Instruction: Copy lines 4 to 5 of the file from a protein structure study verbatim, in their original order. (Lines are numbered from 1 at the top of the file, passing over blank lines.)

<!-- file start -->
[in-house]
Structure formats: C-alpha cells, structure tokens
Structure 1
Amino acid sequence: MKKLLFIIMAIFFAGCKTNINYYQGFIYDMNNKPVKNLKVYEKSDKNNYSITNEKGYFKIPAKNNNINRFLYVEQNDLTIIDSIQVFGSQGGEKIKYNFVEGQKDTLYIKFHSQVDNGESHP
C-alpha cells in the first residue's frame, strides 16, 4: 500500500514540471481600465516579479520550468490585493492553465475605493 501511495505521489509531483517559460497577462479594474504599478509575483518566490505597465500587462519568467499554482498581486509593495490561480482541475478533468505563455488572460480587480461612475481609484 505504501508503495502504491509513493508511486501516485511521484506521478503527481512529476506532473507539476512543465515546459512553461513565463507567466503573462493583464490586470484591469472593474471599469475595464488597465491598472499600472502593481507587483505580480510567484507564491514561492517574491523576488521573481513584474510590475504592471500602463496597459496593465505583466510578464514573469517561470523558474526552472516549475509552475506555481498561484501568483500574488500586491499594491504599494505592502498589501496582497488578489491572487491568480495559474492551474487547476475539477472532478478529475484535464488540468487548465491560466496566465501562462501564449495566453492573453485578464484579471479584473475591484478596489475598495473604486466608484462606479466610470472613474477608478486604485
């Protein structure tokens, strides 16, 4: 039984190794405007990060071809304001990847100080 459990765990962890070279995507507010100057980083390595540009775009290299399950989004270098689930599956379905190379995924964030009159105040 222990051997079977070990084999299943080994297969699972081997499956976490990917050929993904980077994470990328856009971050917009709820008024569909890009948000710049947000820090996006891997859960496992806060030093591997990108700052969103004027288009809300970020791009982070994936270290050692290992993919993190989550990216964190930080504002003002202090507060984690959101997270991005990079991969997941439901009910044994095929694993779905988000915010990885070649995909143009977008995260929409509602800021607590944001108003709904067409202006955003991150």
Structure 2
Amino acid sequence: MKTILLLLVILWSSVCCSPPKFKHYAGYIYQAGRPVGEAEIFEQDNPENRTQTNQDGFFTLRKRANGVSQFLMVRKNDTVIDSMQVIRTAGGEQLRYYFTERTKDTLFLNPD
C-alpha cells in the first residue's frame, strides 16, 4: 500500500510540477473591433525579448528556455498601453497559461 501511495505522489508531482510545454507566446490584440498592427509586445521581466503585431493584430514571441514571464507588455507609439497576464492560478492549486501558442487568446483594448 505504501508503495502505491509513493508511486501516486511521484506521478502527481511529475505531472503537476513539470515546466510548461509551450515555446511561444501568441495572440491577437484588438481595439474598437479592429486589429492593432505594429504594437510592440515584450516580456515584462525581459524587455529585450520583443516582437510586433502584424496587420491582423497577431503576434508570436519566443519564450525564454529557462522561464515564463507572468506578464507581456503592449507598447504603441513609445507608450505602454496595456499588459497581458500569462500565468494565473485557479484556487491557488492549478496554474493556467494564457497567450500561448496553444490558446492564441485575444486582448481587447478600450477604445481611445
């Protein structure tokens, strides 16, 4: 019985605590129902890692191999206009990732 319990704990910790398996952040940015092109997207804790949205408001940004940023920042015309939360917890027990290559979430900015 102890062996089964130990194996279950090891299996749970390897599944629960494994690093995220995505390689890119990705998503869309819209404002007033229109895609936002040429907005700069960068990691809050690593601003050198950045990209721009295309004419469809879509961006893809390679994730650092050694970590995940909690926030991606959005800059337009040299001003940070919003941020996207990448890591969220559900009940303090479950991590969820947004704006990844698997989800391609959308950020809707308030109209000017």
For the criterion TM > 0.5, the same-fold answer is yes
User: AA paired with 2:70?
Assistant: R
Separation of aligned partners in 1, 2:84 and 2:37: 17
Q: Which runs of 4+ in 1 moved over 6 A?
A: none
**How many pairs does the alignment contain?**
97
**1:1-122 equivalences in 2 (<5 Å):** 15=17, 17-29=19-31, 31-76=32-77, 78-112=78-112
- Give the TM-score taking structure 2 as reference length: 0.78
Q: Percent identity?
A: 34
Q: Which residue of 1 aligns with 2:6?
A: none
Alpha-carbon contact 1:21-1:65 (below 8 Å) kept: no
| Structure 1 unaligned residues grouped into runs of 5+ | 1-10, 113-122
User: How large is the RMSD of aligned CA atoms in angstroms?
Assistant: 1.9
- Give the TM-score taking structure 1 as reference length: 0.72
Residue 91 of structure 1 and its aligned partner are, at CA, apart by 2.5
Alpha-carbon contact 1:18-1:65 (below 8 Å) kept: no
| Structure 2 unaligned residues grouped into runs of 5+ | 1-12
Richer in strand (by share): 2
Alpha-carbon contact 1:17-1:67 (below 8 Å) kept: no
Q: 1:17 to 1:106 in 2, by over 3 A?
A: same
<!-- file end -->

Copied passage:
Amino acid sequence: MKKLLFIIMAIFFAGCKTNINYYQGFIYDMNNKPVKNLKVYEKSDKNNYSITNEKGYFKIPAKNNNINRFLYVEQNDLTIIDSIQVFGSQGGEKIKYNFVEGQKDTLYIKFHSQVDNGESHP
C-alpha cells in the first residue's frame, strides 16, 4: 500500500514540471481600465516579479520550468490585493492553465475605493 501511495505521489509531483517559460497577462479594474504599478509575483518566490505597465500587462519568467499554482498581486509593495490561480482541475478533468505563455488572460480587480461612475481609484 505504501508503495502504491509513493508511486501516485511521484506521478503527481512529476506532473507539476512543465515546459512553461513565463507567466503573462493583464490586470484591469472593474471599469475595464488597465491598472499600472502593481507587483505580480510567484507564491514561492517574491523576488521573481513584474510590475504592471500602463496597459496593465505583466510578464514573469517561470523558474526552472516549475509552475506555481498561484501568483500574488500586491499594491504599494505592502498589501496582497488578489491572487491568480495559474492551474487547476475539477472532478478529475484535464488540468487548465491560466496566465501562462501564449495566453492573453485578464484579471479584473475591484478596489475598495473604486466608484462606479466610470472613474477608478486604485